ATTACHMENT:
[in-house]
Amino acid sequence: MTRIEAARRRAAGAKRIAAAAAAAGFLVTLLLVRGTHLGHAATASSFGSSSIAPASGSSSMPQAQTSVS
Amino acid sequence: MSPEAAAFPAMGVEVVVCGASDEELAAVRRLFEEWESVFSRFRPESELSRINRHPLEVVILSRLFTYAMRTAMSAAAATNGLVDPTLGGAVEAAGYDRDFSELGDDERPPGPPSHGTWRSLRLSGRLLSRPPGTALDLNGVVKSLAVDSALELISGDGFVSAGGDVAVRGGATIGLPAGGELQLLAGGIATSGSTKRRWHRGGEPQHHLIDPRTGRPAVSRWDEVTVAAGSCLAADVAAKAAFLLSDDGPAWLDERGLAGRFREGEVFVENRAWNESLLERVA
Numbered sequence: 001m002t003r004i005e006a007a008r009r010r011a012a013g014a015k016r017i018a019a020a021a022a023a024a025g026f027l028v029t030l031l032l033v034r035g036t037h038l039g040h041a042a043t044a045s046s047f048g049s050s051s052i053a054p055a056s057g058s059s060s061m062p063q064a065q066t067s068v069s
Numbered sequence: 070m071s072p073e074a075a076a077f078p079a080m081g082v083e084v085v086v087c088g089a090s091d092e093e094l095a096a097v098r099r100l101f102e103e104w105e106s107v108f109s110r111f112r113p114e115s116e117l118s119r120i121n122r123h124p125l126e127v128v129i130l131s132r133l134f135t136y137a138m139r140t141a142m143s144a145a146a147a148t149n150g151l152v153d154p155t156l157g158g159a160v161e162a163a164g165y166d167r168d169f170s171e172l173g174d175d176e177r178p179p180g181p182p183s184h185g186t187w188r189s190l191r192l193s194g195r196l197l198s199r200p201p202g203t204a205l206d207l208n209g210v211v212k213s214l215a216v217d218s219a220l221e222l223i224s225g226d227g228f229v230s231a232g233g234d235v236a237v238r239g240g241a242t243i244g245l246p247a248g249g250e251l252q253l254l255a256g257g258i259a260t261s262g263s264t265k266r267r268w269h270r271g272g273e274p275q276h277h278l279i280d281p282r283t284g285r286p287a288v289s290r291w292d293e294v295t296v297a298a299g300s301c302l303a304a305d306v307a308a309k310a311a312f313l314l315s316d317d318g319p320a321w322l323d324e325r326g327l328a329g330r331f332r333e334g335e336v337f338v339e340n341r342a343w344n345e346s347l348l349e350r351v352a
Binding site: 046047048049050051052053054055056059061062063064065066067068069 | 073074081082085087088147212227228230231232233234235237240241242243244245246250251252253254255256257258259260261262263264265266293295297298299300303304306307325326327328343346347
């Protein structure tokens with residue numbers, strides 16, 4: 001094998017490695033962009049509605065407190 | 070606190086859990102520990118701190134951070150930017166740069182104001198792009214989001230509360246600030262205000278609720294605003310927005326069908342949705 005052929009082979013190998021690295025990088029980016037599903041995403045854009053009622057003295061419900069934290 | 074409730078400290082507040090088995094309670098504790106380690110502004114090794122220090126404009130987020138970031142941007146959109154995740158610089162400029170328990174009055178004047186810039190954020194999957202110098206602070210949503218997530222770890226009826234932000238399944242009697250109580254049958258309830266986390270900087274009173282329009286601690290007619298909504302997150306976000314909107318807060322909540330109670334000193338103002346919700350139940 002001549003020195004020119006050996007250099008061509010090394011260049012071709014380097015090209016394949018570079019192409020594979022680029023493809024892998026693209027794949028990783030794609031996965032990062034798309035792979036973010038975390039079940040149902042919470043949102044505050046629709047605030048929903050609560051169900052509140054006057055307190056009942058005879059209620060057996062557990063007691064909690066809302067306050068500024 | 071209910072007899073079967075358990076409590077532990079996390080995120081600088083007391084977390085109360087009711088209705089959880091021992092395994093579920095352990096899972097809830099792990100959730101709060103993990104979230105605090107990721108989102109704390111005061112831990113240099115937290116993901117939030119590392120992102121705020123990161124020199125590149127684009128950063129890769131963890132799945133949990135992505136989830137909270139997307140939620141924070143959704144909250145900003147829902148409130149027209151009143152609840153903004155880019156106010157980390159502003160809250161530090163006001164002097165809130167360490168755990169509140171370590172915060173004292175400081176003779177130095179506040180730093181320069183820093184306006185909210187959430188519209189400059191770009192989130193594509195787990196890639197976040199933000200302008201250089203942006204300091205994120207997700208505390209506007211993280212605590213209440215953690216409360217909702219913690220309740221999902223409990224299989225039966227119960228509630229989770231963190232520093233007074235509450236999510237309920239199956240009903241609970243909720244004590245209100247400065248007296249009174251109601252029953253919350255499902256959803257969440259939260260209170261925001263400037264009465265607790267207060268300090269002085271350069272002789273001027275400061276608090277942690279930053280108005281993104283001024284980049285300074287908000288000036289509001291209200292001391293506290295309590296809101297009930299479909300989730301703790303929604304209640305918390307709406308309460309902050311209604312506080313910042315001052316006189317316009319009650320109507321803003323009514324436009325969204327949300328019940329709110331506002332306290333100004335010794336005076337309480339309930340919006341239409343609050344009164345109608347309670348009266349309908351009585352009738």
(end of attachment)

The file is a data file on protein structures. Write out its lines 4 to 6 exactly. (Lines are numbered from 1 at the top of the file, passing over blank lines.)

Numbered sequence: 001m002t003r004i005e006a007a008r009r010r011a012a013g014a015k016r017i018a019a020a021a022a023a024a025g026f027l028v029t030l031l032l033v034r035g036t037h038l039g040h041a042a043t044a045s046s047f048g049s050s051s052i053a054p055a056s057g058s059s060s061m062p063q064a065q066t067s068v069s
Numbered sequence: 070m071s072p073e074a075a076a077f078p079a080m081g082v083e084v085v086v087c088g089a090s091d092e093e094l095a096a097v098r099r100l101f102e103e104w105e106s107v108f109s110r111f112r113p114e115s116e117l118s119r120i121n122r123h124p125l126e127v128v129i130l131s132r133l134f135t136y137a138m139r140t141a142m143s144a145a146a147a148t149n150g151l152v153d154p155t156l157g158g159a160v161e162a163a164g165y166d167r168d169f170s171e172l173g174d175d176e177r178p179p180g181p182p183s184h185g186t187w188r189s190l191r192l193s194g195r196l197l198s199r200p201p202g203t204a205l206d207l208n209g210v211v212k213s214l215a216v217d218s219a220l221e222l223i224s225g226d227g228f229v230s231a232g233g234d235v236a237v238r239g240g241a242t243i244g245l246p247a248g249g250e251l252q253l254l255a256g257g258i259a260t261s262g263s264t265k266r267r268w269h270r271g272g273e274p275q276h277h278l279i280d281p282r283t284g285r286p287a288v289s290r291w292d293e294v295t296v297a298a299g300s301c302l303a304a305d306v307a308a309k310a311a312f313l314l315s316d317d318g319p320a321w322l323d324e325r326g327l328a329g330r331f332r333e334g335e336v337f338v339e340n341r342a343w344n345e346s347l348l349e350r351v352a
Binding site: 046047048049050051052053054055056059061062063064065066067068069 | 073074081082085087088147212227228230231232233234235237240241242243244245246250251252253254255256257258259260261262263264265266293295297298299300303304306307325326327328343346347